Canadian Dream. - page 2
Hi Guys. just here to ask some opinions, insights or maybe some tips. I am a Reg. Nurse here in the Philippines. Probably by 2013 i would be a Staff nurse in one of the prestigious hospital here. and maybe after having at least... Read More
0Jan 11, '13 by Boots RN@mcLovin sad to hear your story... i hope you are in a much better condition now... and thank you for sharing your story... i still have 2-3 years to think about it... this is the reason i posted this topic because i wanna know things that could help me decide when or if my time comes...
0Jan 11, '13 by tokidoki7@McLovin I'm sorry to hear your story! I can imagine how angry and let down you probably felt. I'm an RN myself from the US and I just recently turned in my application to CLPNA with the goal of eventually become an LPN. Since I only have an associates degree, I'd be wasting my time and money applying to become an RN. I already know I need additional schooling and I don't need to pay hundreds of dollars for someone just to tell me that. I figured maybe going the LPN route would be less complicated, but only time will tell if that's true. I've also thought about how difficult it would be for me to obtain a job in AB in the case that I am able to take and pass the licensure exam. I know for sure to definitely stay put in the US until I'm giving a job offer in writing.
3Jan 11, '13 by Fiona59McLovin, would you have accepted a no from an Indo-Canadian, Carib-Canadian? The truth is Vancouver and the entire lower mainland is saturated with nurses. Of course they will hire locally educated nurses first because often the government/taxpayer funded their education.
When my family moved to BC in the '60s, my mother was a nurse in the UK, my father a master journeyman in his trade. My father went to the bottom of the union hiring board and took six months of working a day here and there to finding the job he retired from. My mother's qualification were never recognized. She never returned to nursing because quite simply they had no childcare for two children and my father couldn't afford to pay for the education she needed.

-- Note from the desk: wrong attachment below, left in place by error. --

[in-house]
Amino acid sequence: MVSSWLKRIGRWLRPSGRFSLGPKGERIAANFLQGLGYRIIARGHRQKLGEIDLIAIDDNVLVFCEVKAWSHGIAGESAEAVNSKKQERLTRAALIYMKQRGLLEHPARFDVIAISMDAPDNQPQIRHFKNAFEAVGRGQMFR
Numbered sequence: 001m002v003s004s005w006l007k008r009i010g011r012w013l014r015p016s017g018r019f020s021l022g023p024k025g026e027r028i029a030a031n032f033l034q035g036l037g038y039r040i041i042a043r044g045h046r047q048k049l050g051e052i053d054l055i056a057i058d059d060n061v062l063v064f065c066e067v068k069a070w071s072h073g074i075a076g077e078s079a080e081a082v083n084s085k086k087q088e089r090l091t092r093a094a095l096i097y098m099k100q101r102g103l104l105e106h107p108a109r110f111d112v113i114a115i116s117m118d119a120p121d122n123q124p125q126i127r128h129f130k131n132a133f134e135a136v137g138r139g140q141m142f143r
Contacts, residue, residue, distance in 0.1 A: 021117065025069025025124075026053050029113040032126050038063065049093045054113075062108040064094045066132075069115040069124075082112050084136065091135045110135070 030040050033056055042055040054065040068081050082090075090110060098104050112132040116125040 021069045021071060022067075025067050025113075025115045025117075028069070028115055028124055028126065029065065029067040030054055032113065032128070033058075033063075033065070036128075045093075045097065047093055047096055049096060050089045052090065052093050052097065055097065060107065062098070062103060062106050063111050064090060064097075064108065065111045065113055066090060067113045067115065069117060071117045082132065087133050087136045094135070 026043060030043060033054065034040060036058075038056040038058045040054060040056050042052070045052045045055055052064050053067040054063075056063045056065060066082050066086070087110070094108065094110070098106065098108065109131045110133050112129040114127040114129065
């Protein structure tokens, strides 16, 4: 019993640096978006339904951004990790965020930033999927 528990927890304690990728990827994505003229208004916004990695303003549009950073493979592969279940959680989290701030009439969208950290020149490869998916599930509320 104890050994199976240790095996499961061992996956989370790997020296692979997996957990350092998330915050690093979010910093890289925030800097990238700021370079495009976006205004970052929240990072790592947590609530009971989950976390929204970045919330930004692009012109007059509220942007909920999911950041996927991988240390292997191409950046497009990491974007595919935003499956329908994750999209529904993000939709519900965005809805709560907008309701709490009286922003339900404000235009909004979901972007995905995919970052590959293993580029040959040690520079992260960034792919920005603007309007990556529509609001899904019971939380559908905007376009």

Yes, there are underemployed professionals of all types in this country. But there are limited spots in the residency programmes for doctors, dentists, and veterinarians. Many I've worked with had such poor English that the patients have needed the nurses to act as translators. Hardly the best method of care.
I work with LPNs who have Masters degrees in their homelands that simply couldn't afford the re-education in their professions.
Non, regret the move and the struggle. But they also didn't expect to walk into the job of their choice and into a position of respect.
As a single person you had the option that many families didn't or don't have. You could have moved anywhere. You chose to take your chances in the lowermainland one of the most expensive, hard to find employment cities in the nation. I remember when you started posting here and like many of your fellow posters you simply chose not believe what nurses here in Canada were telling you. That it was going to be very difficult and not the golden opportunity that posters from the Phillipines were telling us when they were telling us they were "the best nurses in the world" and were coming to Canada "to save nursing and show us how to do it"..
4Jan 11, '13 by Ginger's MomMcLovin, sounds like you were moving to advance your career rather then become a Canadian. I believe if you spent your energies embracing the culture your career success would have followed. Thank you for honest report.